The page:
If you haven't logged onto Diet Power in a while and would like to start over with a clean slate, you can. But first, realize that a short lapse in your diet can be handled without starting over. Reason: Every time Diet Power notices a day when you haven't logged any foods or exercises, it automatically fills the gap with certain assumptions based on your recent history. (See "What Diet Power Assumes," below.) The assumptions may be false, of course¾you may have sat on the couch eating Slim Jims the whole time. But if the relapse lasted only a day or two (or even a week if your goals are long-term), then any error you've introduced will be small, and over time it will shrink to an insignificant fraction of your history.
Your best bet, then, may be simply to climb back on the bandwagon with your old records intact. But if you're a purist, there are three ways to begin anew. See "Starting Over," below.
What Diet Power Assumes When you Skip Days
you didn't log on (i.e. didn't record any weights), Diet Power
prorates your nutrient intake against part
of your weight change during the skipped period (it assumes that
only 20 percent of the change was real and the rest was water loss or
gain), then adds to each skipped day the number of calories you averaged
in exercise during the preceding 30 days. Example:
You didn't log on for a week, and you gained a pound. During the month
before that week, you averaged 223 calories per day in exercise. Diet
Power assumes that your calorie intake during the "silent" week
was greater than your metabolic rate by 100 calories per day (because
gaining a pound requires an excess of 3500 calories and 20 percent of
that is 700 calories, or 100 per day) plus the 223 calories per day you
had been averaging in exercise. It also assumes that your intake of other
nutrients was proportional to the calorie increase. That is, if your calorie
intake rose 14 percent during the hiatus, then Diet Power assumes that
your sodium, fat, vitamin E, and other nutrient intakes also rose 14 percent.
you logged on but left your Food Log blank, Diet Power prorates
your nutrient intakes against your weight change as described above.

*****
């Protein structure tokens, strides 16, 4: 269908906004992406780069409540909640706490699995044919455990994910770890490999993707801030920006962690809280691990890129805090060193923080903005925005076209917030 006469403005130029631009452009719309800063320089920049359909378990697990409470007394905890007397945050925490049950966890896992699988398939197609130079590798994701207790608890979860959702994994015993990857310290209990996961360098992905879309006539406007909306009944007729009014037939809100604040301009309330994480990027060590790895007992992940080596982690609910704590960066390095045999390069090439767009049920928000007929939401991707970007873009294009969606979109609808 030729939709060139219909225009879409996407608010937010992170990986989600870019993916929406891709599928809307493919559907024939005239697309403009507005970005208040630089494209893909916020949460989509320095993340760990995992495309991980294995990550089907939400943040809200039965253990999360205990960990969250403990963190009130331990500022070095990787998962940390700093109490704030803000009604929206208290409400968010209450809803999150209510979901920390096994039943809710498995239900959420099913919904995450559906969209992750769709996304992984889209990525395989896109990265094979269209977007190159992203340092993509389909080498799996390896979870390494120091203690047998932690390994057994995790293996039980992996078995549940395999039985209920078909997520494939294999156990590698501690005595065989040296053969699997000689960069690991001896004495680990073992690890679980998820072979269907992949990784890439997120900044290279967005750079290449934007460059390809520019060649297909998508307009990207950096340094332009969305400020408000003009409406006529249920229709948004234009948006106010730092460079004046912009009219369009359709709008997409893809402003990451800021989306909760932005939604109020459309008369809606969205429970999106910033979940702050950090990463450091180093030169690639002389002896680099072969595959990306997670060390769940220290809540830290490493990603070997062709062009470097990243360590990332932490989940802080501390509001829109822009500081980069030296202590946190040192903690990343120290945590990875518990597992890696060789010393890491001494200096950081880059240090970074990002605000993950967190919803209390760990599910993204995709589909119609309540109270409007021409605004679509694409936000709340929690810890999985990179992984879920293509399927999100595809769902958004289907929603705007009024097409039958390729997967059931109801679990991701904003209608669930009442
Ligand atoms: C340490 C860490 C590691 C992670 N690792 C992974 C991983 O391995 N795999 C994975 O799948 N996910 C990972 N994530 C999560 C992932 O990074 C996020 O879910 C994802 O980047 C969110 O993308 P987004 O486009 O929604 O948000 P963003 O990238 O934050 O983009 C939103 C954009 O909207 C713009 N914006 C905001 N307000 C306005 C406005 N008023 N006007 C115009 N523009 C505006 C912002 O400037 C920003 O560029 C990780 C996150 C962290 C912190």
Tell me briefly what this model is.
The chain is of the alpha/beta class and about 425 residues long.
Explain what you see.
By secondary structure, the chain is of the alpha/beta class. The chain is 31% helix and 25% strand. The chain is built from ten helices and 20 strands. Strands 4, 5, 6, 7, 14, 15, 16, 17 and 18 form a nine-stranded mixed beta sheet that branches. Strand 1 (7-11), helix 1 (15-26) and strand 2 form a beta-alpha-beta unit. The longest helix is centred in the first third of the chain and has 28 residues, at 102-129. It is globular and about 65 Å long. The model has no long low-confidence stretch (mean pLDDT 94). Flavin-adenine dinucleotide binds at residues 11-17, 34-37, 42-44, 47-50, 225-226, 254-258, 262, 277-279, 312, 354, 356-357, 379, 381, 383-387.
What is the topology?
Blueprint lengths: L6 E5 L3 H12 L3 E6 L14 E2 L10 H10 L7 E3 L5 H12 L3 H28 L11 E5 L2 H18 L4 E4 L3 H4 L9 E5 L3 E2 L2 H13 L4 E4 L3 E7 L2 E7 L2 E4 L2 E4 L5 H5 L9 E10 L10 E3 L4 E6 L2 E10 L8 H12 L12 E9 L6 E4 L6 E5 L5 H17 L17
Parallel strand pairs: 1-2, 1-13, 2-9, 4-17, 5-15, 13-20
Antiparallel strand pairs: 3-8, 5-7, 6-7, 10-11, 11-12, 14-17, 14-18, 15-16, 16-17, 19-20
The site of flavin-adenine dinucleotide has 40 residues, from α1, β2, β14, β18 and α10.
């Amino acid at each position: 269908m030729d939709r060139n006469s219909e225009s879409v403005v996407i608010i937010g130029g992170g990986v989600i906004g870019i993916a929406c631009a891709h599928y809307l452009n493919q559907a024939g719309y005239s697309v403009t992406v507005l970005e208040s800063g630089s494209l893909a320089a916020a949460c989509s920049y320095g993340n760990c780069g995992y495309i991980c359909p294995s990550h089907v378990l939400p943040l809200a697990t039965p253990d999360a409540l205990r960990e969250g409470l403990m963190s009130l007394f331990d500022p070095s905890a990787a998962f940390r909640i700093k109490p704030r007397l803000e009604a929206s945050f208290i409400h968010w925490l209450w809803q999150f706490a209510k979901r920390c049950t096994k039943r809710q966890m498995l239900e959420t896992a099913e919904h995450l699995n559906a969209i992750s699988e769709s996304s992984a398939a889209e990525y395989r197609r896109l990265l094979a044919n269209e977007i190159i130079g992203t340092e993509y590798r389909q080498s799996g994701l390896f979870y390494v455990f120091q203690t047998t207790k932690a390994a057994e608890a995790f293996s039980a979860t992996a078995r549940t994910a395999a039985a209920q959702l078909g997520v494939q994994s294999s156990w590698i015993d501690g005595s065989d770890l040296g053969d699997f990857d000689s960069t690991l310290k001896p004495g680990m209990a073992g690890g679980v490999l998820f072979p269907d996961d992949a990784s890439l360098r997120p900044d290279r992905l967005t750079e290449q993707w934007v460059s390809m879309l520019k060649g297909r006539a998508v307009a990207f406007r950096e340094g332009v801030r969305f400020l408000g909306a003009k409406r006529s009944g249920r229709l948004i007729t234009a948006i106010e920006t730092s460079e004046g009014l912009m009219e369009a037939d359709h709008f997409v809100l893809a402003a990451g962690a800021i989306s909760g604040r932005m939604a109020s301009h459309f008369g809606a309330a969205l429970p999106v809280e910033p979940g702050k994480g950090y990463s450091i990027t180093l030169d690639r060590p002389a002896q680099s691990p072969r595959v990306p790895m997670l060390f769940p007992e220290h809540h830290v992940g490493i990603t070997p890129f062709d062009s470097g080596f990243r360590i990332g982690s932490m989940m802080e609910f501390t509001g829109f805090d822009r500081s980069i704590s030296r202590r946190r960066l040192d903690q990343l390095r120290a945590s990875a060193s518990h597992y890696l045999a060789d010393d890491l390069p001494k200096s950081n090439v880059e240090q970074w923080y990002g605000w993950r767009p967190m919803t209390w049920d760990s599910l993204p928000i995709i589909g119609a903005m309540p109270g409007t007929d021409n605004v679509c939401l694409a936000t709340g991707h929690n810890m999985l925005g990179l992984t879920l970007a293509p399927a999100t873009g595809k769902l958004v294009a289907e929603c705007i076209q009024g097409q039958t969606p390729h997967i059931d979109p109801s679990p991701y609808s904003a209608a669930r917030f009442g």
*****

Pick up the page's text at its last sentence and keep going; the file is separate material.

you logged on and logged even one food,
Diet Power doesn't prorate,
but assumes that the food(s) you recorded represent all
your foods for that day. (This means that if you logged your breakfast
but never got around to logging lunch and dinner, Diet Power will think
you maintained your weight on very few calories¾and
begin lowering your calorie budget accordingly. Hence, if you don't want
to bother recording lunch and dinner, your best bet is to delete your
breakfast, too, because an empty
log tells Diet Power to do the prorating described above.)
If you logged on but left your Exercise Log blank, the program assumes that you've had no exercise¾it doesn't fill in the 30-day average described above. Hence, logging your exercise is wise even if you don't log your meals.
Effects on Your Calorie Bank
The assumptions above are used mainly to update your metabolic rate and calorie budget. But Diet Power also applies them to your Calorie Bank balance. Thus, if Diet Power imputes a budget of 1522 calories for your "silent" day and your weight change suggests that you overate by 311 calories, the program will automatically subtract 311 calories from your bank balance that day.
If you have a long gap in your Diet Power records¾you haven't used the program in weeks or months¾the program will think you maintained your weight all that time while eating nothing, and consequently assign you a preposterously low calorie budget, or even a negative one. You may think that the only solution is to abandon your old records and enroll as a new user under a different identity. This has one great drawback, however: you'll lose your Favorites lists in your food and exercise logs. What's more, it isn't necessary.
The correct solution is to start a new diet under your current identity and simply tell Diet Power to "forget" what it has learned (or, rather, mislearned) about your metabolism:
Open the Goal
by clicking Diet > Goal Setter or the Goal Setter button:
Click the "Assume
I'm a New User" radio button.
Either set new goals or
keep your old ones¾it doesn't matter.
Click the Adopt Diet button and approve the new diet.
Diet Power will now begin relearning your metabolism, just as it did when you first enrolled.
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Last Modified: 7/1/07